Saturday, October 14, 2006

Short Upset by Malaysian

We missed this one. Quah Seng Sun, chess writer for Malaysia's The Star Online, appears to have upset one of the world's most prominent grandmasters. Last week, Quah wrote in his column:

THIRTEEN years ago, the chess crime of the century was committed. Gary Kasparov and Nigel Short committed an unthinkable crime when they hijacked the world championship match and took it outside of the World Chess Federation (Fide).

Bad move! Nigel Short wasn't very happy and rapidly sent in a demanding missive. You can read Mr Short's reply here in Quah's follow-up piece this week. But what's this? No apology from the Malaysian writer?


Anonymous said...

It is no secret that Quah Seng Sun is a Campomanes lackey.

That is why he offered no apologies to his inappropriate and out of line "chess crime of the century" allegedly committed by Kasparov and Short.

His use of the words "unthinkable and waterhed" events allegedly committed by Kasparov and Short are obviously pure B.S. not realizing the dastardly deeds and the chess crimes and thievery committed by Campomanes.

If Quah Seng Sun has any balls, which we do not think he's got, he will publicly apologize to Grandmaster Short.

His half hearted publication of Short's letter and subsequent failure to respond shows his poor class of journalism.

Anonymous said...

"Quah Seng Sun" is a Campomanes lackey?? Never heard that secret before.

Did anyone watch Short-Kamsky dialogue @ Playchess during WCC Game 11? The chat text did appeared in Susan Polgar blog comments but it has subsequently been removed.

It's still available here:

Other read:-

Anonymous said...


Nigel Short wrote:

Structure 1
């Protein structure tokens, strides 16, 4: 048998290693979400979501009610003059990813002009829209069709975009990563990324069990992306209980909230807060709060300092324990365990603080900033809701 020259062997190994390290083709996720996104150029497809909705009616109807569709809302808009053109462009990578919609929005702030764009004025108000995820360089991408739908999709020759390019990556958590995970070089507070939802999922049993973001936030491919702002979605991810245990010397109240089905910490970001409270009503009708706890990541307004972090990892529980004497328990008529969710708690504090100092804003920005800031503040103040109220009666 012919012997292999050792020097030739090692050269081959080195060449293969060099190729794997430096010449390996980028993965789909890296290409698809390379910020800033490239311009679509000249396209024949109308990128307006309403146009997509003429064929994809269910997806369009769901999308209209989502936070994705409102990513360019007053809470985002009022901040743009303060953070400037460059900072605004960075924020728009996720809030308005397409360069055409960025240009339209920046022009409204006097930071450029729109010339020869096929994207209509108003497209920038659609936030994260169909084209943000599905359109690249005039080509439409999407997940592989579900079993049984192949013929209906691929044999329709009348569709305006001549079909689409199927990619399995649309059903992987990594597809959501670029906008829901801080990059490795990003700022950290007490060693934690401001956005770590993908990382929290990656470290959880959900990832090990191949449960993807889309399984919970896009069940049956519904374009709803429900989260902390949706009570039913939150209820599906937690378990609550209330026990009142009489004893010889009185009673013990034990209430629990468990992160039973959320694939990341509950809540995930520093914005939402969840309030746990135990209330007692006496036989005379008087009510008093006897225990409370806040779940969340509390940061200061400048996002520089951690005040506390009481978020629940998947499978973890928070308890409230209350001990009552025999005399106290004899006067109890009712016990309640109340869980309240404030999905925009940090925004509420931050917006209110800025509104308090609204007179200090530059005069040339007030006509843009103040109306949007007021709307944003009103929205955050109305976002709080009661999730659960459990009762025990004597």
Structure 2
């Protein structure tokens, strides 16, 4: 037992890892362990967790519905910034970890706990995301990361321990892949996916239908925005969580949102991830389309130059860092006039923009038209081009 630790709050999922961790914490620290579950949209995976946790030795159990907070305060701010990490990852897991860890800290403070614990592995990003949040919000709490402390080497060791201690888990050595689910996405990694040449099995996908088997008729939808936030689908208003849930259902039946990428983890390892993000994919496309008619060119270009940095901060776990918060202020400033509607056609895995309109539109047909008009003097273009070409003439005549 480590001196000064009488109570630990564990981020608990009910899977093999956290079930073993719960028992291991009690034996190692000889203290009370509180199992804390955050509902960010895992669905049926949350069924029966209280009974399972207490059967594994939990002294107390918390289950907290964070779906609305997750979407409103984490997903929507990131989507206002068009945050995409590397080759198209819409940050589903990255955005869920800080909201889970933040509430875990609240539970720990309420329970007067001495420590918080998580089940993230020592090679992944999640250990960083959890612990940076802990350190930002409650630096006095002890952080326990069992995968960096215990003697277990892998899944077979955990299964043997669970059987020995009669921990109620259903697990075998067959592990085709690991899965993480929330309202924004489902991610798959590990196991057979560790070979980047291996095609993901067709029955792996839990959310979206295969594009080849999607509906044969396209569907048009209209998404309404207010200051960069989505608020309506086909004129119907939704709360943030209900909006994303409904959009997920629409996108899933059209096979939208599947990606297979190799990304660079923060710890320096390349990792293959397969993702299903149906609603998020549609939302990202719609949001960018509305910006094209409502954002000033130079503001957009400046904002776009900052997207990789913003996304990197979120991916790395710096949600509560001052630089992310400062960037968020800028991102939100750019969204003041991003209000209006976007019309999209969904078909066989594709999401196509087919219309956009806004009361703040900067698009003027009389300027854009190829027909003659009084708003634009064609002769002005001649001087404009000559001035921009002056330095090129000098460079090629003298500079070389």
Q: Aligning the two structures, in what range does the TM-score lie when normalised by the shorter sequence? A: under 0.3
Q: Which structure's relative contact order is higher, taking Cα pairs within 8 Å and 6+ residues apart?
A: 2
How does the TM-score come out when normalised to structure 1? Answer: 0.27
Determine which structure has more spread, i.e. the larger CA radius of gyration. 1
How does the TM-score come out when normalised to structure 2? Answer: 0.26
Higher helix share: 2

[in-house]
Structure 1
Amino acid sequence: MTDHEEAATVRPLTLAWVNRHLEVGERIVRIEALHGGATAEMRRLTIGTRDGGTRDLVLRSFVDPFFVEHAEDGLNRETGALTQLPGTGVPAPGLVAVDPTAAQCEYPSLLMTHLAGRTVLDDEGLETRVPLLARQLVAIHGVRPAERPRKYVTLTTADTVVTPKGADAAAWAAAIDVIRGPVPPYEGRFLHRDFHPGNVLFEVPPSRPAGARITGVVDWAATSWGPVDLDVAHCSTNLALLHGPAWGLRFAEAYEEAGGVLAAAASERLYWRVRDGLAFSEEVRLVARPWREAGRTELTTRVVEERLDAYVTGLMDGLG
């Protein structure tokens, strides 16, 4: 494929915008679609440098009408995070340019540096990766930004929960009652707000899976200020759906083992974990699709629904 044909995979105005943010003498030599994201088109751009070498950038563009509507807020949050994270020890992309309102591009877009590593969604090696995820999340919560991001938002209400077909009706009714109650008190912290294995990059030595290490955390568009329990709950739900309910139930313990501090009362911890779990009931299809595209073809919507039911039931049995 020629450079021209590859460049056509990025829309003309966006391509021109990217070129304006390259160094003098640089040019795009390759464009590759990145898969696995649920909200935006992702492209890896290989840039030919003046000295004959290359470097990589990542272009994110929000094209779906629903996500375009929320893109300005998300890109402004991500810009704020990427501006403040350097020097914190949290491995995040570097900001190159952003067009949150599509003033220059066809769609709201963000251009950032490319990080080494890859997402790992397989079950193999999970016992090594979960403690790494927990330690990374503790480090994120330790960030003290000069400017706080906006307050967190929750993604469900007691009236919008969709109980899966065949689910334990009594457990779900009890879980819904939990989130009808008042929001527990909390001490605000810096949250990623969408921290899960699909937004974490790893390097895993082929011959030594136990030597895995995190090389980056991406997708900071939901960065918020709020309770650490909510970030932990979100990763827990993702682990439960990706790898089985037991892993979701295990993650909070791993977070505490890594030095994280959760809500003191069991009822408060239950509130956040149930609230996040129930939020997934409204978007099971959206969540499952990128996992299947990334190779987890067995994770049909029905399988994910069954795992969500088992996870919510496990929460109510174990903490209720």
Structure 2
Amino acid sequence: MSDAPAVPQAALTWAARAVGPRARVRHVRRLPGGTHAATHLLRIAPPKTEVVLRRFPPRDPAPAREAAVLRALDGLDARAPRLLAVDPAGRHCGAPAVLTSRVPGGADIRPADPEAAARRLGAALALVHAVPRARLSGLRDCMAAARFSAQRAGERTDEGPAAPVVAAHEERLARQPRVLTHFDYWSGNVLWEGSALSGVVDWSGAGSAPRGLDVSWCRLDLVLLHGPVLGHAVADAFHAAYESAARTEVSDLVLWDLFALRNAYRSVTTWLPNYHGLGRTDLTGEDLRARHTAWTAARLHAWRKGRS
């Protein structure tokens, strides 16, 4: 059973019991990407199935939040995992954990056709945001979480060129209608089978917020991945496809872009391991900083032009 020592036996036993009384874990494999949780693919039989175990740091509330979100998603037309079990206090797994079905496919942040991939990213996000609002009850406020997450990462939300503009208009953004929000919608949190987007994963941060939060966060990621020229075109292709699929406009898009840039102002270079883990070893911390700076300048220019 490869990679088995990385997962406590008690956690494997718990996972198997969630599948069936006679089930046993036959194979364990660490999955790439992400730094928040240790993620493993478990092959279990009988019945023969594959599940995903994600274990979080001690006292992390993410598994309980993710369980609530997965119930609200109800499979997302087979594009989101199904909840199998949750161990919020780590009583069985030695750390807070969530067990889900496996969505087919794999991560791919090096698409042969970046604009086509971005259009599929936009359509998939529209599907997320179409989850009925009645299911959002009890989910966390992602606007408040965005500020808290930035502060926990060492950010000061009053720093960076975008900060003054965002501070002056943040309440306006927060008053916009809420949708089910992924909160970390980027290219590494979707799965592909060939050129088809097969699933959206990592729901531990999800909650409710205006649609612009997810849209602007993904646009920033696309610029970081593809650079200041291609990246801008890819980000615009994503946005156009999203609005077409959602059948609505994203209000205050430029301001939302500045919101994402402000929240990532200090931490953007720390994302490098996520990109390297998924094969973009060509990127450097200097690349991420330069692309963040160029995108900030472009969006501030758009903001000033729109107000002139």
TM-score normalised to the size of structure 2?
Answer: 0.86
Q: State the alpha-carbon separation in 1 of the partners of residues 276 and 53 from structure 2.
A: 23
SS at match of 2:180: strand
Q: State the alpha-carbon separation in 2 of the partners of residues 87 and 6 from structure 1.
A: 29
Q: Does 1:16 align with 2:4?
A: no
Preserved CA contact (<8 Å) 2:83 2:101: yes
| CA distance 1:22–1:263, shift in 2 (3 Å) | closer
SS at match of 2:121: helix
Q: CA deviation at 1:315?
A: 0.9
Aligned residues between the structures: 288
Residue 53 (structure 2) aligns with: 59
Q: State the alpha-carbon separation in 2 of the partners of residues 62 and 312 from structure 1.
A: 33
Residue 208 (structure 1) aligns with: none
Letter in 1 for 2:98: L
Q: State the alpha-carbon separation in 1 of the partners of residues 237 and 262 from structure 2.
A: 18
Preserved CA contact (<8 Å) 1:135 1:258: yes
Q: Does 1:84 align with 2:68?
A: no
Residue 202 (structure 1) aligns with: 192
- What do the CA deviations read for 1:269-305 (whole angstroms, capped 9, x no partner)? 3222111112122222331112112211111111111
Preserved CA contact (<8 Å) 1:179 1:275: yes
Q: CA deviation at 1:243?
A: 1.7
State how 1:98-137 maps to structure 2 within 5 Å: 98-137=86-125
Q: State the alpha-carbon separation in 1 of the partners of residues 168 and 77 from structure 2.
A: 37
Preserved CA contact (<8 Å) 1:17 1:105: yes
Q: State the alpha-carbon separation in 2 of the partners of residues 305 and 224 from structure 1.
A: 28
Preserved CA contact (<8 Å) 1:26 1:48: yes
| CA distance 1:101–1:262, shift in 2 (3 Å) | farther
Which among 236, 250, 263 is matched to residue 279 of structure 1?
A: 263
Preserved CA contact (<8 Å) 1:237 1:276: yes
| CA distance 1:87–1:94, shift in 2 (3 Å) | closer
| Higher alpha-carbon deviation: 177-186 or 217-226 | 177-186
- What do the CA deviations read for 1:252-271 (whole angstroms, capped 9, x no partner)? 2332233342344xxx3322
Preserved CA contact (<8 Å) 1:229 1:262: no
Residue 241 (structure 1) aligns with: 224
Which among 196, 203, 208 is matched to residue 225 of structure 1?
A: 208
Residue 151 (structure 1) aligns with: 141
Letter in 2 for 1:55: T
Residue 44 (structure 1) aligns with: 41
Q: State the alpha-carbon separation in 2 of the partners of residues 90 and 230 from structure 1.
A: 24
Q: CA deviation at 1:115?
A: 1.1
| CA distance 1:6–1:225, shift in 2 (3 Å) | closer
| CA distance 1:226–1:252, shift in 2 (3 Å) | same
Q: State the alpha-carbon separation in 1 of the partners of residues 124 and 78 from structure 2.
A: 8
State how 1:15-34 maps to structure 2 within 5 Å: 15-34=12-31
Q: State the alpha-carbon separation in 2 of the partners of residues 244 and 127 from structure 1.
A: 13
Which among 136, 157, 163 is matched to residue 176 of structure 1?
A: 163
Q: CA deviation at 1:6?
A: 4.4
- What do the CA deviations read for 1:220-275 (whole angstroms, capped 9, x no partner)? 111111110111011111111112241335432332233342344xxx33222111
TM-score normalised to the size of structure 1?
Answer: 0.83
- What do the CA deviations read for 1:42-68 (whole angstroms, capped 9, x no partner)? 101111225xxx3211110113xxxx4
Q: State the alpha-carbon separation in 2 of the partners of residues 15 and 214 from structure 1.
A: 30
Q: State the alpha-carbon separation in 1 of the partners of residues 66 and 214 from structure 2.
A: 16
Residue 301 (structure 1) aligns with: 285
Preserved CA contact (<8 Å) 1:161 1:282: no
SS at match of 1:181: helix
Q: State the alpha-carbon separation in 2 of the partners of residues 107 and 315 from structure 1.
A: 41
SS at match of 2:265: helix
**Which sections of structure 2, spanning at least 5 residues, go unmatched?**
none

"Glad you enjoyed the verbal jousting. Gata seemed to be a short on specific answers apart from accusing me of "psychological tricks" and challenging me to coats off outside. The only "psychological trick" that he named was that I spoke to him during one game. Quite right: during my thinking time, I suggested to him that he might like to drink some water as he was coughing incessantly. He stopped coughing and the game continued without further interruptions.

Immediately afterwards the Russian-speaking arbiter overheard him saying to his mouth-foaming Daddy that there was nothing to complain about. And yet within the hour there was (yet another) written protest accusing me of cheating - one of about half a dozen that the organisers had to deal with. By itself, the very public death threat by his father should have been sufficient to merit Gata's disqualification, never mind all his other dirty accusations. Had I been playing under FIDE, or in a private match I would have refused to continue.

Unfortunately I was in the invidious position of also being a Director of the PCA. Asking for my opponent's disqualification from the rest of my Board (I am not sure that death threats from delegation members is covered in the rules) would have looked very bad from a PR perspective, even though it was entirely justified"

Source: David J Robertson's

Anonymous said...

You are barking up the wrong tree remis anan. The issue is between quah seng sun, not between short and kamsky. Capiz?

When you, as a journalist, make a libelous statement, you better issue a logical statement and appropriate retraction, not hogwash and hyperboles (or hyper B.S.), to convince the juror readers.

"Chess crime of the century" ??